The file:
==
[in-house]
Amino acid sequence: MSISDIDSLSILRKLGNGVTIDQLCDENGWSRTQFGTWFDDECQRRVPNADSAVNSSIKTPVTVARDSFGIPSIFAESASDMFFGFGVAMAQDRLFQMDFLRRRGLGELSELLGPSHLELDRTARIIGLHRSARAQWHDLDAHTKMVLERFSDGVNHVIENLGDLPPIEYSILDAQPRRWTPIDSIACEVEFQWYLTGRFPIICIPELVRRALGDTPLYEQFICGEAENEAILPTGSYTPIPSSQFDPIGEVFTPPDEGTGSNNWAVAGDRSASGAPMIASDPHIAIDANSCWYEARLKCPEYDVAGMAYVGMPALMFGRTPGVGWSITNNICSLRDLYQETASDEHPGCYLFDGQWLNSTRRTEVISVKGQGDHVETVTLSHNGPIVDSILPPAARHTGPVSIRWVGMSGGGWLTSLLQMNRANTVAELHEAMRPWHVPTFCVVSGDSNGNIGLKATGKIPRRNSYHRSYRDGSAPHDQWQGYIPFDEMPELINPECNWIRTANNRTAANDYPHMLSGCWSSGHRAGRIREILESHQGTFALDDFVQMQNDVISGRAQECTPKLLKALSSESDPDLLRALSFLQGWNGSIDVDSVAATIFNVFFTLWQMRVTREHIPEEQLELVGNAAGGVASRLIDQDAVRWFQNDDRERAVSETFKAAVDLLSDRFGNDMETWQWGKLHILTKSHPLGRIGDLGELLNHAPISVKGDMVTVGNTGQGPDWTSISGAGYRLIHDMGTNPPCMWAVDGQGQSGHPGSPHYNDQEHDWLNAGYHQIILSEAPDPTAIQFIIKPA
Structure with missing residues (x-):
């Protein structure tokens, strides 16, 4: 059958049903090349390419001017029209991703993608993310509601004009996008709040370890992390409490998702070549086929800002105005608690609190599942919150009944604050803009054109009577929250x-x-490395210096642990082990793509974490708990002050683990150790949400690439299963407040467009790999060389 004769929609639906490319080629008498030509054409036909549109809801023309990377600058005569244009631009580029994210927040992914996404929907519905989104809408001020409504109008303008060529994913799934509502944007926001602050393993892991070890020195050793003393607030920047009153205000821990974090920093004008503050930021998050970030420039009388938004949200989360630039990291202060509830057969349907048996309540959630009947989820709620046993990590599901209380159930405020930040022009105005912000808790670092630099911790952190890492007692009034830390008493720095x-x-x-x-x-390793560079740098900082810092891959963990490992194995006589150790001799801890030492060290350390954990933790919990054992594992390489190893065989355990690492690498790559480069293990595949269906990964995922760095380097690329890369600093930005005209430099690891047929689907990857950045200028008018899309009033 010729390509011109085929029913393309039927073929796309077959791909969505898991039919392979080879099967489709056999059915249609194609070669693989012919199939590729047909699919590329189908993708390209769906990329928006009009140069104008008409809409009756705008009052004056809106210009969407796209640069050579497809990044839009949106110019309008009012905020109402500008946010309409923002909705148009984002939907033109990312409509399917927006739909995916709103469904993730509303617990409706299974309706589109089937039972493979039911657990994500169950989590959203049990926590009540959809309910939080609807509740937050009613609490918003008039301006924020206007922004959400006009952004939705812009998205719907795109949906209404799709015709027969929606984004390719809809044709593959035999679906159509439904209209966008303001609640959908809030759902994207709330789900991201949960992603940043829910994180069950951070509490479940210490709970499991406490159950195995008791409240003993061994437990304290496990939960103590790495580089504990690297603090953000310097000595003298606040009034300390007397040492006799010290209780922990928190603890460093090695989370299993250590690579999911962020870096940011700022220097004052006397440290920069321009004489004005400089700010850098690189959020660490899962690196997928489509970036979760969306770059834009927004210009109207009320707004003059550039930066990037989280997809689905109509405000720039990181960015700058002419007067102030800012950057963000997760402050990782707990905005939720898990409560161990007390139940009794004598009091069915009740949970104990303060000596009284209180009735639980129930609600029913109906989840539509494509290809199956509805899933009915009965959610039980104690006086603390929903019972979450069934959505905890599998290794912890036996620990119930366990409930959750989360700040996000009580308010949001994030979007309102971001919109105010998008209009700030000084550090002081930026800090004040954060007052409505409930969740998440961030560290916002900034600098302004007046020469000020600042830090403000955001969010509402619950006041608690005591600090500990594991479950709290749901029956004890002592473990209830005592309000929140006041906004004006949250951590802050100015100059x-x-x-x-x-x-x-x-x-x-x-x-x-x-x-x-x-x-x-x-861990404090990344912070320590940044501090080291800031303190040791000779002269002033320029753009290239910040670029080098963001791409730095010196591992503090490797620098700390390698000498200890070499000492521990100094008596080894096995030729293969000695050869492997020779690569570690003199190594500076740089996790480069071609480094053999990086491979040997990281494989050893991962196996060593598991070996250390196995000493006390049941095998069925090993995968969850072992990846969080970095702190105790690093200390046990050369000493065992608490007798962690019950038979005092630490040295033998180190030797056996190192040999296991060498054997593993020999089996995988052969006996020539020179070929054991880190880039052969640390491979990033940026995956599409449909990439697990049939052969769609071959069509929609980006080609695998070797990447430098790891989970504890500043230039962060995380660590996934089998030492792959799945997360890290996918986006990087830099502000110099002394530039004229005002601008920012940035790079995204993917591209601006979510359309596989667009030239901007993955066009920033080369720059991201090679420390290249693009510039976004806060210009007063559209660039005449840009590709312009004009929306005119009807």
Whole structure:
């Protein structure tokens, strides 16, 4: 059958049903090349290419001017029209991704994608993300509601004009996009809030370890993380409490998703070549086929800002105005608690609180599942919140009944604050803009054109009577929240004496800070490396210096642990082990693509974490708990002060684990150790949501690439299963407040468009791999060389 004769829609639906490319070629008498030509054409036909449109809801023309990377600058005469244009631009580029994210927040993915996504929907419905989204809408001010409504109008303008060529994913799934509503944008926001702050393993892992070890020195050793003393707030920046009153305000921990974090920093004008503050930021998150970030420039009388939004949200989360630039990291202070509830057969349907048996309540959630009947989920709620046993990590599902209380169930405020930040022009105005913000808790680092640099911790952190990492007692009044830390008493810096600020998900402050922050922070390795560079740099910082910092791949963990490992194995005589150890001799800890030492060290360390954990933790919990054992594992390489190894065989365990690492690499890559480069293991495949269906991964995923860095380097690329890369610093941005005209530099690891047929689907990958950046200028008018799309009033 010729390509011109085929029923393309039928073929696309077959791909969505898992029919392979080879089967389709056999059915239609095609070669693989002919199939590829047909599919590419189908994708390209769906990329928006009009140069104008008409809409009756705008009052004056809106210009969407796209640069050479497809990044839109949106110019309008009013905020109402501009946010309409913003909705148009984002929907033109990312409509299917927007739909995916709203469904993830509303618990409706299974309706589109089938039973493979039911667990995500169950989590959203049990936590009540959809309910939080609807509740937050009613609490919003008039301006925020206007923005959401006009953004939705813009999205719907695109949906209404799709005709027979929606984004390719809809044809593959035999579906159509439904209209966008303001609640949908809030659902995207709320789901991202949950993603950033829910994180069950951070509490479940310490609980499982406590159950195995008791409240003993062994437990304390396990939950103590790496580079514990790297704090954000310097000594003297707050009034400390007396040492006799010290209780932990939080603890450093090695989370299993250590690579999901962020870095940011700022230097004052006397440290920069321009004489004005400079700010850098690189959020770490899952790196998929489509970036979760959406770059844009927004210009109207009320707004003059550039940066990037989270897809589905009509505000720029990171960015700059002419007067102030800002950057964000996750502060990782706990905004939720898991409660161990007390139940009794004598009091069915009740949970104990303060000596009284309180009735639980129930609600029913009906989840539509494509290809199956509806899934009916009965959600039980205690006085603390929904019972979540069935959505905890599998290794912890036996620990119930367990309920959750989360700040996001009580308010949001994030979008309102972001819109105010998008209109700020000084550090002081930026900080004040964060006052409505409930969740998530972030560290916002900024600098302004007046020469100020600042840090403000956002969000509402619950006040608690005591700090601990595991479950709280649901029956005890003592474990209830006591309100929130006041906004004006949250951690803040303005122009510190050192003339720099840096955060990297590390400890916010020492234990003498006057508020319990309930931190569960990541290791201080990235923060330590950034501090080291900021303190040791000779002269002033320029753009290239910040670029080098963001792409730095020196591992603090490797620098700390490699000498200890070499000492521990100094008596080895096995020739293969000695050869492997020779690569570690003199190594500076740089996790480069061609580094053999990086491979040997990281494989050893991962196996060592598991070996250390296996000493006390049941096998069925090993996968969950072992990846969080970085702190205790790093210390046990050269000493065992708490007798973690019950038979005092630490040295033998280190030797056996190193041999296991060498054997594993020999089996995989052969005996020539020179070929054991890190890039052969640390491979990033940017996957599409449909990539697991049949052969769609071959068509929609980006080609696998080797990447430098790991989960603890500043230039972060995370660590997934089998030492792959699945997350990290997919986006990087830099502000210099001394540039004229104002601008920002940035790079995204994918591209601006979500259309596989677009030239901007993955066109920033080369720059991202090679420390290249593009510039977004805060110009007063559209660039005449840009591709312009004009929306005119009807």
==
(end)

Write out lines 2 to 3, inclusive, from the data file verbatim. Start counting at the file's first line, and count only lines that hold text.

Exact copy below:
Amino acid sequence: MSISDIDSLSILRKLGNGVTIDQLCDENGWSRTQFGTWFDDECQRRVPNADSAVNSSIKTPVTVARDSFGIPSIFAESASDMFFGFGVAMAQDRLFQMDFLRRRGLGELSELLGPSHLELDRTARIIGLHRSARAQWHDLDAHTKMVLERFSDGVNHVIENLGDLPPIEYSILDAQPRRWTPIDSIACEVEFQWYLTGRFPIICIPELVRRALGDTPLYEQFICGEAENEAILPTGSYTPIPSSQFDPIGEVFTPPDEGTGSNNWAVAGDRSASGAPMIASDPHIAIDANSCWYEARLKCPEYDVAGMAYVGMPALMFGRTPGVGWSITNNICSLRDLYQETASDEHPGCYLFDGQWLNSTRRTEVISVKGQGDHVETVTLSHNGPIVDSILPPAARHTGPVSIRWVGMSGGGWLTSLLQMNRANTVAELHEAMRPWHVPTFCVVSGDSNGNIGLKATGKIPRRNSYHRSYRDGSAPHDQWQGYIPFDEMPELINPECNWIRTANNRTAANDYPHMLSGCWSSGHRAGRIREILESHQGTFALDDFVQMQNDVISGRAQECTPKLLKALSSESDPDLLRALSFLQGWNGSIDVDSVAATIFNVFFTLWQMRVTREHIPEEQLELVGNAAGGVASRLIDQDAVRWFQNDDRERAVSETFKAAVDLLSDRFGNDMETWQWGKLHILTKSHPLGRIGDLGELLNHAPISVKGDMVTVGNTGQGPDWTSISGAGYRLIHDMGTNPPCMWAVDGQGQSGHPGSPHYNDQEHDWLNAGYHQIILSEAPDPTAIQFIIKPA
Structure with missing residues (x-):